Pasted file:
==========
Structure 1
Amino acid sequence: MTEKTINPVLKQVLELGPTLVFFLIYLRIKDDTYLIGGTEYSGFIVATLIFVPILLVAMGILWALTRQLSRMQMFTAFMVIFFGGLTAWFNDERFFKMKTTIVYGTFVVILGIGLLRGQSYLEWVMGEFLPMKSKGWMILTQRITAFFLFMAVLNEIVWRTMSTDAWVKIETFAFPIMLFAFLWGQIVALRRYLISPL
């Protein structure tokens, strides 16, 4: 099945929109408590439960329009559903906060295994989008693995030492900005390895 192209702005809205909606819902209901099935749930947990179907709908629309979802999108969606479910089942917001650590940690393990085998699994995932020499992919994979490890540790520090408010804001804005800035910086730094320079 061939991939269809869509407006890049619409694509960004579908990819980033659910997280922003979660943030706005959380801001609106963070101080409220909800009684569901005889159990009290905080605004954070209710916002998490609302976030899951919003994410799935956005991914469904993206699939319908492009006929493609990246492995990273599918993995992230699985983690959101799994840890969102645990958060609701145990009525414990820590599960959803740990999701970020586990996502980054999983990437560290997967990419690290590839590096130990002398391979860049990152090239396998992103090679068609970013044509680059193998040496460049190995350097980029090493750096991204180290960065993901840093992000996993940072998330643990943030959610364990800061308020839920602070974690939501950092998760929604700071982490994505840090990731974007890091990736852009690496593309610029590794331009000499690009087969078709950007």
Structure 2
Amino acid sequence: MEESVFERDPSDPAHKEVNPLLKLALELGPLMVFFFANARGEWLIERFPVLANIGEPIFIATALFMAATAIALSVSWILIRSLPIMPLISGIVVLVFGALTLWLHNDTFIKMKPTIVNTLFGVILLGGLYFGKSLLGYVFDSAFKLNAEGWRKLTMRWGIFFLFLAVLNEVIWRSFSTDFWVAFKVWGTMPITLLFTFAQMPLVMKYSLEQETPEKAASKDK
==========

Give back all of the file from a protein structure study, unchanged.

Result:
Structure 1
Amino acid sequence: MTEKTINPVLKQVLELGPTLVFFLIYLRIKDDTYLIGGTEYSGFIVATLIFVPILLVAMGILWALTRQLSRMQMFTAFMVIFFGGLTAWFNDERFFKMKTTIVYGTFVVILGIGLLRGQSYLEWVMGEFLPMKSKGWMILTQRITAFFLFMAVLNEIVWRTMSTDAWVKIETFAFPIMLFAFLWGQIVALRRYLISPL
């Protein structure tokens, strides 16, 4: 099945929109408590439960329009559903906060295994989008693995030492900005390895 192209702005809205909606819902209901099935749930947990179907709908629309979802999108969606479910089942917001650590940690393990085998699994995932020499992919994979490890540790520090408010804001804005800035910086730094320079 061939991939269809869509407006890049619409694509960004579908990819980033659910997280922003979660943030706005959380801001609106963070101080409220909800009684569901005889159990009290905080605004954070209710916002998490609302976030899951919003994410799935956005991914469904993206699939319908492009006929493609990246492995990273599918993995992230699985983690959101799994840890969102645990958060609701145990009525414990820590599960959803740990999701970020586990996502980054999983990437560290997967990419690290590839590096130990002398391979860049990152090239396998992103090679068609970013044509680059193998040496460049190995350097980029090493750096991204180290960065993901840093992000996993940072998330643990943030959610364990800061308020839920602070974690939501950092998760929604700071982490994505840090990731974007890091990736852009690496593309610029590794331009000499690009087969078709950007």
Structure 2
Amino acid sequence: MEESVFERDPSDPAHKEVNPLLKLALELGPLMVFFFANARGEWLIERFPVLANIGEPIFIATALFMAATAIALSVSWILIRSLPIMPLISGIVVLVFGALTLWLHNDTFIKMKPTIVNTLFGVILLGGLYFGKSLLGYVFDSAFKLNAEGWRKLTMRWGIFFLFLAVLNEVIWRSFSTDFWVAFKVWGTMPITLLFTFAQMPLVMKYSLEQETPEKAASKDK